WE are elated by the Road Transport and Safety Agency chief executive officer’s decision to go on leave, says the Southern Africa Network Against Corruption. According to a statement issued by transport minister Brian Mushimba, RTSA chief executive Zindaba Soko on Tuesday asked for leave to pave way for investigations into allegations that he was involved in money laundering activities. In a statement yesterday, SANAC deputy director-advocacy, Darius Serenje, stated that he wished the same would be extended to senior government officials, especially those close to the Presidency.
He said fighting corruption must be a serious undertaking and not just talked about to create a veneer of political or spiritual legality.
“At the time when the Namibian Minister of Education and Arts (who is in court on allegations of Corruption and Abuse of Authority) has tendered in her resignation, we are elated by the decision made by the chief executive office of Road Transport Safety Agency to go on leave so that there can be a neutral ground for investigations. We wish this could also extend to the rest of the other senior government officials, especially those close to the Presidency,” Serenje said.
He said it was unfortunate that the current fight against corruption lacked consistency, let alone political will.
“When we say that we are against corruption, our actions and not words must characterise our pursuit. Certainly, the citizenry can not take the zero tolerance against corruption stance seriously if fundamental principles are being circumvented,” Serenje said.
Referring to infrastructure minister Ronald Chitotela’s continued stay in Cabinet despite having been arrested twice on several charges by the Anti-Corruption Commission, Serenje said there could never be success without consistency.
He said uniformity was the hallmark of achieving goals and the very foundation of trust.
“How is it that Mr Soko understands the importance of investigation devoid of interference and also public perception and confidence in the whole process and yet Honourable Chitotela and other ministers who are currently under investigations as revealed by the Vice President, don’t? This is a serious indictment,” Serenje said.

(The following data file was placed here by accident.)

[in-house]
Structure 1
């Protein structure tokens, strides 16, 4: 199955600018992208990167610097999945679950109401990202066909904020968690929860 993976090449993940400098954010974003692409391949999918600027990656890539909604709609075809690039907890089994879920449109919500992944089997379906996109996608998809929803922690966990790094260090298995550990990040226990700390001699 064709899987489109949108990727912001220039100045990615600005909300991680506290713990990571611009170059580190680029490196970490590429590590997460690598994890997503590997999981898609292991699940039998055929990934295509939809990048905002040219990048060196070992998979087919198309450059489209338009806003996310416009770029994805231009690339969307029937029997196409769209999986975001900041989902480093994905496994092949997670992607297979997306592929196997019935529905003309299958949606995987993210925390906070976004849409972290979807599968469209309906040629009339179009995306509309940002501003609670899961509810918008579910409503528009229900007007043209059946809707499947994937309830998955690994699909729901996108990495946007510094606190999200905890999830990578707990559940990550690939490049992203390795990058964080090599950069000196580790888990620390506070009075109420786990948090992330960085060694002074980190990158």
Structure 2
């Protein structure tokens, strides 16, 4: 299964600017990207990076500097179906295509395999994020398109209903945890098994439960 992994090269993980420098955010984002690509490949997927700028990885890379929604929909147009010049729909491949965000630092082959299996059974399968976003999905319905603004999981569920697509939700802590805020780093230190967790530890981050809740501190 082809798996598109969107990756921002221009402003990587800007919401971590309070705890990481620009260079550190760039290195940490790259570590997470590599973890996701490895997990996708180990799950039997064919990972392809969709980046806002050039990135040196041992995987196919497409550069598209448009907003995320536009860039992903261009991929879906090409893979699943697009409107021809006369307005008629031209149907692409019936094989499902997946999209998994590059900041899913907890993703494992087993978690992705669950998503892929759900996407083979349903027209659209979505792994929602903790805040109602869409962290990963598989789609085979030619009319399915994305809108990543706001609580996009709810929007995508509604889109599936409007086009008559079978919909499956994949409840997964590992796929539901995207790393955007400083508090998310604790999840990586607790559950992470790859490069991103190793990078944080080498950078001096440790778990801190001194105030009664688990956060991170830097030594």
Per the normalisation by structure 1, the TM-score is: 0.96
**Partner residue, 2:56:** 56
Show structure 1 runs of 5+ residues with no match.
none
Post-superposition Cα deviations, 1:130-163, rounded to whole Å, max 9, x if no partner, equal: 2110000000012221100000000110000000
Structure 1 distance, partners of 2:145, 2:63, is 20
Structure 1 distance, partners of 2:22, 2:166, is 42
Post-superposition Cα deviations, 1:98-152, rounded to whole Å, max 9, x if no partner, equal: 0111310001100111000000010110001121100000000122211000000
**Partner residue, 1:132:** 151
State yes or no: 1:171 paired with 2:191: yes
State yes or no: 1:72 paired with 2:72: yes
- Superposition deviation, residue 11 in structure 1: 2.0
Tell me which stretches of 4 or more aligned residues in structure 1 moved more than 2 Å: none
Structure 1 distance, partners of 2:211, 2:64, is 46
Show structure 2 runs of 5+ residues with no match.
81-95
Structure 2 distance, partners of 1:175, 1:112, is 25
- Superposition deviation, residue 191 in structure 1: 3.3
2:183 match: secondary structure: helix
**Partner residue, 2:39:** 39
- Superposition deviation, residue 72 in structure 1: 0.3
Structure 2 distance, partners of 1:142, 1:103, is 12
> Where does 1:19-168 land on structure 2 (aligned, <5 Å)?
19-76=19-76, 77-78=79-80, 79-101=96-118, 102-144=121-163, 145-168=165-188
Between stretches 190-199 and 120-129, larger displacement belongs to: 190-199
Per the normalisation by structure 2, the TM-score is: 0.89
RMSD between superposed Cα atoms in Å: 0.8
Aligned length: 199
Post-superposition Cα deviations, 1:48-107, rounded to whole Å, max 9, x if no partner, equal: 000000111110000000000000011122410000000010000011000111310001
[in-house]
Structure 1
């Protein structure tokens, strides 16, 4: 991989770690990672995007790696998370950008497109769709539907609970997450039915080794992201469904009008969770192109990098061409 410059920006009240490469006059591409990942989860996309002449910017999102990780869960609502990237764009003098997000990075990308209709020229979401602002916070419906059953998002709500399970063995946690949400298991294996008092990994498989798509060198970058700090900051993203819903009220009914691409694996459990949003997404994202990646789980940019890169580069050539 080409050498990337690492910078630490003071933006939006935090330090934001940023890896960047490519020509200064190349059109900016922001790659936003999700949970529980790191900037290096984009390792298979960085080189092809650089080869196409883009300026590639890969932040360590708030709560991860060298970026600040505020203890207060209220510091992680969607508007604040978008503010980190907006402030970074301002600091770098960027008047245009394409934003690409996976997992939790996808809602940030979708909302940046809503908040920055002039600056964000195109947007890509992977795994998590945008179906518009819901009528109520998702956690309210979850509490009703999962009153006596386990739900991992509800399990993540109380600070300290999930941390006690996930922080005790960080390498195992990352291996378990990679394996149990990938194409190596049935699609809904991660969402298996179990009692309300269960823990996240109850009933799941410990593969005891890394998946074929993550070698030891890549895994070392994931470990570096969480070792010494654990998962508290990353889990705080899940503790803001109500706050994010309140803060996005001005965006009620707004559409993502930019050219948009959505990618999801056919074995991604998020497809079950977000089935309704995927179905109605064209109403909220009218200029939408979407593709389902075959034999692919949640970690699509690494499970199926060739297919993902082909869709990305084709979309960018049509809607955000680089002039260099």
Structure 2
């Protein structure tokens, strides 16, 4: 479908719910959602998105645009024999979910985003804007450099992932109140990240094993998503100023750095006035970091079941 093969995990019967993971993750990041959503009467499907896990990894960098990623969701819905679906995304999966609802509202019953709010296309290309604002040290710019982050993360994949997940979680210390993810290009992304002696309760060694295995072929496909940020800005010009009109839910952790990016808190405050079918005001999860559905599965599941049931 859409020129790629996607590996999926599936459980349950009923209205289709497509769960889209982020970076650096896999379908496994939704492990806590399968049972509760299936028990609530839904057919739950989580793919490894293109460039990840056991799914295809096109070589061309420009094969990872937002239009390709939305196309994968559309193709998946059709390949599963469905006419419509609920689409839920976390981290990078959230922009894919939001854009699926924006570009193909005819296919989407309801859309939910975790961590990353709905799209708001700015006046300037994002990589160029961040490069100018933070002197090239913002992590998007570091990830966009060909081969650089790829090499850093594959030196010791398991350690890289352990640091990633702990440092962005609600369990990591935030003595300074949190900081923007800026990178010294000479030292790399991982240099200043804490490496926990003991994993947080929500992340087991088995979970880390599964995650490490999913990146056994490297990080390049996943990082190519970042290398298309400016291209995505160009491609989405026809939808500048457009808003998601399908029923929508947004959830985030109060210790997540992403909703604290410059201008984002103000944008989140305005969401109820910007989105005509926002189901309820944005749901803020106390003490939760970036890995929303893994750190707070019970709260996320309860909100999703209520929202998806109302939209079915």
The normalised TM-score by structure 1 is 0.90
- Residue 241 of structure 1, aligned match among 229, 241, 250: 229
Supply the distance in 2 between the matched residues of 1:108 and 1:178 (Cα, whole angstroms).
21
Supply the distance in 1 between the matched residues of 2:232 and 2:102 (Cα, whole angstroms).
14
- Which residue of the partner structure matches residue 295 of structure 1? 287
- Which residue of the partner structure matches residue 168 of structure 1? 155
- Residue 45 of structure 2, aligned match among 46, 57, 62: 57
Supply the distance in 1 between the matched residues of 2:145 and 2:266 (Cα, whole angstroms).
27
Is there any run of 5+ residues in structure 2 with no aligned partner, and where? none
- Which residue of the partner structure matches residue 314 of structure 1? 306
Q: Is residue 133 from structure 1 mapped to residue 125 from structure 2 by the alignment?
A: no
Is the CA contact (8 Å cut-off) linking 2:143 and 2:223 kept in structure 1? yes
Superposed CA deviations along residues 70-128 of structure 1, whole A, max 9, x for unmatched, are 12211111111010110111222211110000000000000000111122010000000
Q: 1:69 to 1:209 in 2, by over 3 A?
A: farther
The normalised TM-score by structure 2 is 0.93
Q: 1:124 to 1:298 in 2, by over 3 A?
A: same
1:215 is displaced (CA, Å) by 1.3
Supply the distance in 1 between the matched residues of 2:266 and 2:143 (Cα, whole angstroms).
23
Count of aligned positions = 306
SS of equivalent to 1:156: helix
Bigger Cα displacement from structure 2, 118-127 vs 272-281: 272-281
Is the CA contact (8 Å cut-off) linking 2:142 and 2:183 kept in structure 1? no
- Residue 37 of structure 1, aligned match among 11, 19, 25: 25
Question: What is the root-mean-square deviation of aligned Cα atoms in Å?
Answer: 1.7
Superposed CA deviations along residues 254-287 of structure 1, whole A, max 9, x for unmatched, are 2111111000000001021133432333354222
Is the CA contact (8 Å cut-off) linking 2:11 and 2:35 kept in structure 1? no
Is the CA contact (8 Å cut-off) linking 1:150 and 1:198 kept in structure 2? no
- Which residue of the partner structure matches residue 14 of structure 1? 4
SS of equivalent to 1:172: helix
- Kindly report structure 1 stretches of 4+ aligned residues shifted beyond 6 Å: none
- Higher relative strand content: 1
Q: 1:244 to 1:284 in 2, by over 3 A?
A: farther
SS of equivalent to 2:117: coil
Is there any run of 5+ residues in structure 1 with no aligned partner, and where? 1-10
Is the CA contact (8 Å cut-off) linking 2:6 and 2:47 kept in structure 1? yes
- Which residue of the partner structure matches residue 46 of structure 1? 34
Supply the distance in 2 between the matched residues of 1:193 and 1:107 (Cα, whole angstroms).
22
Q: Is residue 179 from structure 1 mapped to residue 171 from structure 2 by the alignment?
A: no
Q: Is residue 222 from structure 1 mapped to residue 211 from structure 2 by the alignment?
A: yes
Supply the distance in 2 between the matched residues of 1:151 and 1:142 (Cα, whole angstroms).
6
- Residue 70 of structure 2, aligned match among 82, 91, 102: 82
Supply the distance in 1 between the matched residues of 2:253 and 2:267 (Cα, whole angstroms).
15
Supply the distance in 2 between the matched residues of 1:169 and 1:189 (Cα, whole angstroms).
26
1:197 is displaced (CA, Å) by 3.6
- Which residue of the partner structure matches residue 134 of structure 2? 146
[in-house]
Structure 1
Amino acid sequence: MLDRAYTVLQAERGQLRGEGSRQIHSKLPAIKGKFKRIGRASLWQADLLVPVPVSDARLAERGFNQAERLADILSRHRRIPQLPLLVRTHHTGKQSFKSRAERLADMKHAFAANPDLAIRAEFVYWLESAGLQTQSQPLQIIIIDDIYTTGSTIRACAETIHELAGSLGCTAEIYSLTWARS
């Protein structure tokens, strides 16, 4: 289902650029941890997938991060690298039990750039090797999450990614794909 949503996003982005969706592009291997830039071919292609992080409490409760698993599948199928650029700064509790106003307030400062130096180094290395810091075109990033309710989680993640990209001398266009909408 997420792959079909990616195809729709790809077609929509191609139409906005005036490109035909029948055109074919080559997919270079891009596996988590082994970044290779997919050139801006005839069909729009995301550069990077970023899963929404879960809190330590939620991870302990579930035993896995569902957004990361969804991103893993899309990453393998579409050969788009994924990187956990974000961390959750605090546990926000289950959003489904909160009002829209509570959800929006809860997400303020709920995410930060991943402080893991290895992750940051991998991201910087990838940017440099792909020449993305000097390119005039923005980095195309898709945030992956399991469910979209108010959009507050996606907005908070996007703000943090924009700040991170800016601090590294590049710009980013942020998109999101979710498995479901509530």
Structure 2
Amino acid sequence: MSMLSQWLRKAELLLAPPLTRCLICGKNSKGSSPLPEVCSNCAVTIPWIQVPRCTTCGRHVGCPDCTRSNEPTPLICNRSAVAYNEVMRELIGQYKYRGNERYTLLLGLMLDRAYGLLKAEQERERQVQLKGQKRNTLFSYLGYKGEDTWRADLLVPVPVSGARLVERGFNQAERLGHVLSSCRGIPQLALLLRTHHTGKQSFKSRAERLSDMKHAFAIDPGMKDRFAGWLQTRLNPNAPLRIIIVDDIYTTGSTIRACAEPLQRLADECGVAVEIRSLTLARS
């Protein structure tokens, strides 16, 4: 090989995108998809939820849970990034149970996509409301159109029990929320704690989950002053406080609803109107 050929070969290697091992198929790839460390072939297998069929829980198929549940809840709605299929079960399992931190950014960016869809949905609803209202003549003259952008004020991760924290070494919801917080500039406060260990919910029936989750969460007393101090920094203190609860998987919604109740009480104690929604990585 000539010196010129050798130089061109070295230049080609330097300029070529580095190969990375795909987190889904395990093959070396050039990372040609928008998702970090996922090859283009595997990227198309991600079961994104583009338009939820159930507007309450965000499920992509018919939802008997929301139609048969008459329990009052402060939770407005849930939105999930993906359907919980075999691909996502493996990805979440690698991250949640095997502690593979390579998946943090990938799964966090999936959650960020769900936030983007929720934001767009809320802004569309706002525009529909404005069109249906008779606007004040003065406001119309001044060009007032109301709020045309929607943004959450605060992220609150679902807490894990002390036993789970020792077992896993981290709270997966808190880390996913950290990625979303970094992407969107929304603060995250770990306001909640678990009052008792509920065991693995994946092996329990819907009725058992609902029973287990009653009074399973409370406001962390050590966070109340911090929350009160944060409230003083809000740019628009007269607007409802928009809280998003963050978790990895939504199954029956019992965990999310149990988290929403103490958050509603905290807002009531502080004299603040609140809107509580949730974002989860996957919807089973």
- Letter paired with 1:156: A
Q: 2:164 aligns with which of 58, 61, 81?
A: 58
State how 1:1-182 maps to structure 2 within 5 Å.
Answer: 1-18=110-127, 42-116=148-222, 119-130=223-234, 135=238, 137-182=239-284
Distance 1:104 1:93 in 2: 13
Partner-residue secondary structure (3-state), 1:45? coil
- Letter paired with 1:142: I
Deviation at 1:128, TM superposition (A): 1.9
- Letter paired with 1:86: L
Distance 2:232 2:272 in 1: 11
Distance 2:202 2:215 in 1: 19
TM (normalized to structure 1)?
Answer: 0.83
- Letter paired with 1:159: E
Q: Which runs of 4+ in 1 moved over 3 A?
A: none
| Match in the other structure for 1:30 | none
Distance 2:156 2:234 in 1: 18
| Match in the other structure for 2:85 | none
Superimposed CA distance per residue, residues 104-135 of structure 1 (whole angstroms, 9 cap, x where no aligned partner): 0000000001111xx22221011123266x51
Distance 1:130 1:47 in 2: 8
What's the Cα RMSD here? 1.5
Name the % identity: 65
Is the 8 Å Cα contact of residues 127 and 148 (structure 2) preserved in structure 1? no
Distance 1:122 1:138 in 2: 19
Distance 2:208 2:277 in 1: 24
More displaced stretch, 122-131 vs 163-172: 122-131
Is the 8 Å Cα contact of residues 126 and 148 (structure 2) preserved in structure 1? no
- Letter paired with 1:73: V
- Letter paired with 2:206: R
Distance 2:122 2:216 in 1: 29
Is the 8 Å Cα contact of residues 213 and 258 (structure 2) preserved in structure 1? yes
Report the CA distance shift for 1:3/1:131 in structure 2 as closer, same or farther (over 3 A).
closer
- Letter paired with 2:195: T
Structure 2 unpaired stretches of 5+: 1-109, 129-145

“The Minister of Transport and Communications is quoted saying: ‘As part of good corporate governance practice, Mr Soko wants the investigation process to proceed without any perceived interference from his office and allow the law to take its course’. How does his action to request for leave amount to good corporate governance and yet others seem taking a different direction despite occupying higher offices? Consistency lacks here! And these are the elements that erode public confidence in statutory institutions.”
Serenje insisted that the country was setting a very bad precedent and also laying a foundation on whose cradle the younger generation shall practice corruption without shame and remorse.
“Remember that when Mother Cow is chewing the cud, the calf watches keenly. We would want to reiterate that we are not insinuating that anyone is guilty yet but only seeking for a consistent approach to the way we handle matters of grave importance such as these,” Serenje said.
SANAC called on President Edgar Lungu to show consistency in his fight against corruption.
“It is high time our leaders learnt that when the curtain falls, it is time to get off the stage with dignity and an unquenchable legacy. And we’re calling on the President yet again to send his ministers (including those that the Vice-President revealed in Parliament) on leave ‘as part of good corporate governance’, let them get cleared and he can have them back working later,” said Serenje.
“Our call to the President is not for him to break friendship and relationships with anyone as he made it seem last time but to give the corruption the fight it deserves.”